Quinn's CAREER research is unique because it will allow him to monitor the cells in one specimen for an extended period, giving a comprehensive look at what happens to the cells as they age.
"I don't know of any research group that has monitored the same mammal over its entire lifespan to see how their cells' mitochondria change," Quinn said. "If we can do that and say something meaningful about how their mitochondria change, I think that can be potentially really meaningful for understanding how age-related degenerative diseases develop."
The research isn't specific to one disease, and that's by design.
"This is very much a basic science type of grant — it's broadly applicable. There are all these different problems in neurodegenerative diseases, cancer, and diabetes where mitochondria can become dysfunctional, and we could have some really broad, transformative impacts," Quinn said.
A Change of Plans
"When I was growing up, it was never on my radar that I could be a scientist. It's kind of the opposite of Tim's story in some ways," Quinn said, referencing his colleague, 2018 CAREER awardee Tim Muldoon.
"I was never really super ambitious at that age," he said. "I filled out a career survey in high school about my interests, and I think biomedical engineering was at the top of the list."
In hindsight, the results made perfect sense.
Quinn's father was a mechanical engineering graduate, and his mother was a mental health professional. "Combine those and what do you get? Biomedical engineering," Quinn said.
So, Quinn, a Wisconsin native, enrolled in the biomedical engineering program at the University of Wisconsin-Madison.
With the highest grade point average in his high school class, he earned a Wisconsin Academic Excellence Scholarship to attend the University of Wisconsin, but Quinn said he didn't apply himself fully in his early years of college.
"Then, in one of our design classes, they announced a lab was looking for a research volunteer because someone was studying abroad. I thought it would be interesting, and I wanted to get some extracurricular experience that I could put on my resume. That was in Karyn Kunzelman's Lab." Kunzelman is now a professor of mechanical engineering at the University of Maine.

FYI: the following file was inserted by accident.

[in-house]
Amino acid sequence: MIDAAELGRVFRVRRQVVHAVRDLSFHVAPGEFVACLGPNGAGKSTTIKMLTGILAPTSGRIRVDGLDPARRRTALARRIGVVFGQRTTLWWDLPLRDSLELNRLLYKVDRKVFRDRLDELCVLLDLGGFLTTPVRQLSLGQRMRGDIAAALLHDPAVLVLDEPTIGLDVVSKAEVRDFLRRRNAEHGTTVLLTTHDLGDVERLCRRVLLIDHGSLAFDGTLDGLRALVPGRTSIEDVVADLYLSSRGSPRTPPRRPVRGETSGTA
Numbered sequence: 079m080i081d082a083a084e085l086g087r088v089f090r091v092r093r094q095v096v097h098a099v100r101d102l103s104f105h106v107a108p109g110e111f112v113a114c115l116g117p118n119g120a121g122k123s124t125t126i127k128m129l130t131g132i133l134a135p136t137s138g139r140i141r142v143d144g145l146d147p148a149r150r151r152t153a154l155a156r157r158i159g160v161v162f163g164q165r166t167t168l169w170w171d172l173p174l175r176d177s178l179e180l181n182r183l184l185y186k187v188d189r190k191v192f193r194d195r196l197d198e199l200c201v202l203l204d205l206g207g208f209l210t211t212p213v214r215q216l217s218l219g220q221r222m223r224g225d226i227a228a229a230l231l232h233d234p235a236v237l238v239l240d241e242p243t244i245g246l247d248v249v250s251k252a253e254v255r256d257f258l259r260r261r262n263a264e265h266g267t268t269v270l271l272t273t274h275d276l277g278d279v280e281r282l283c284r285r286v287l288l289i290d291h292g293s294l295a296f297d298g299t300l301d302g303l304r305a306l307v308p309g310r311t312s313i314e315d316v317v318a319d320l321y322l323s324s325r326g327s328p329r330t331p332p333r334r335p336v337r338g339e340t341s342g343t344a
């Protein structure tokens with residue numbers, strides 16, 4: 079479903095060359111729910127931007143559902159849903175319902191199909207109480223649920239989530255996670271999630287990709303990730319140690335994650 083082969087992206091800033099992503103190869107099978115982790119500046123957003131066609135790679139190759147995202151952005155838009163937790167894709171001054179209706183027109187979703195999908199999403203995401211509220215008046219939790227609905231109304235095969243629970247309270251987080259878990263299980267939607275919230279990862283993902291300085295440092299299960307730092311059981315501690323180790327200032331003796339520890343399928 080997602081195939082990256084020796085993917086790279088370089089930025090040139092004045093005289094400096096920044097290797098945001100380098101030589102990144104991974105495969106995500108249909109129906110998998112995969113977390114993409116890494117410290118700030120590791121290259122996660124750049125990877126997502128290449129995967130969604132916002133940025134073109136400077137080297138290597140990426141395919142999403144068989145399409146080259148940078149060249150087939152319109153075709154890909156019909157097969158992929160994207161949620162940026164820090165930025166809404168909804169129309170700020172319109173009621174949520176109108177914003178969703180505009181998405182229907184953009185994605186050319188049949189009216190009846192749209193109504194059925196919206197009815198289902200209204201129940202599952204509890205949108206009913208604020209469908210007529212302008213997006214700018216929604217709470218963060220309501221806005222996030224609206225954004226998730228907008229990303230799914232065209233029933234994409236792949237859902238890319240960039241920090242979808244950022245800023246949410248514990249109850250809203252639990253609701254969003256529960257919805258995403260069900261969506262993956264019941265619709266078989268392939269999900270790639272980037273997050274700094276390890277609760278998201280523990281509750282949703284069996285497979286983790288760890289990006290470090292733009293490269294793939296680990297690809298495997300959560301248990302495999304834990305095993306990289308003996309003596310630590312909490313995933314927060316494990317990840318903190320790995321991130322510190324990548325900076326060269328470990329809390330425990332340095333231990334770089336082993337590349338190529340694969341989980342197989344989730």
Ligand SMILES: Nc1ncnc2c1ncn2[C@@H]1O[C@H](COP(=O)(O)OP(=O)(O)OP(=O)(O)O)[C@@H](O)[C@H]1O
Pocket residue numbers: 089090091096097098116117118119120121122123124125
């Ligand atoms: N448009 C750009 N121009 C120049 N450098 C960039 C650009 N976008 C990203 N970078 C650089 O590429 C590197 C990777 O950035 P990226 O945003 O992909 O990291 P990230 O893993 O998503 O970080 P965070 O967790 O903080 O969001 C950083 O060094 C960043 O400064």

That time, Quinn said, was transformational.
"I found out I had an aptitude for research," he said. "I enjoyed the experimental side of things, coding and analyzing data. I found out I liked biomechanics as a field."
After a couple of semesters, Quinn was accepted to a summer internship program at the National Institutes of Health in Washington, D.C. With a dozen students from across the country, Quinn learned from leading biomedical researchers. He also learned what he was capable of.
"I think that was a pretty transformative experience. That was where I realized I was just as good at this stuff as the kids from Harvard and Johns Hopkins," Quinn said. "I think that was what really turned me on to research, and from then on, I knew I wanted to go to grad school."
From there, he joined the ranks of Ivy League researchers as a graduate student at the University of Pennsylvania in Beth Winkelstein's lab. Winkelstein is now vice provost for education and the Eduardo D. Glandt President's Distinguished Professor of Bioengineering at the University of Pennsylvania. A successful and productive graduate career led Quinn to consider academia, but first he needed to expand his research.
"In biomedical research, everyone does a postdoc stint for three to five years before they go to a faculty position," he said. "You really need to be able to differentiate yourself from your advisors, bring different skillsets together and have a distinct research program as a faculty member."
Personal reasons led Quinn to the university where he conducted his postdoctoral research. Quinn's wife, Jennifer Mortensen, was beginning her doctoral studies at Tufts University outside Boston (she's now a postdoctoral fellow at the University of Arkansas), and Quinn applied to positions to remain close to her. And, Quinn said, the research was a natural fit.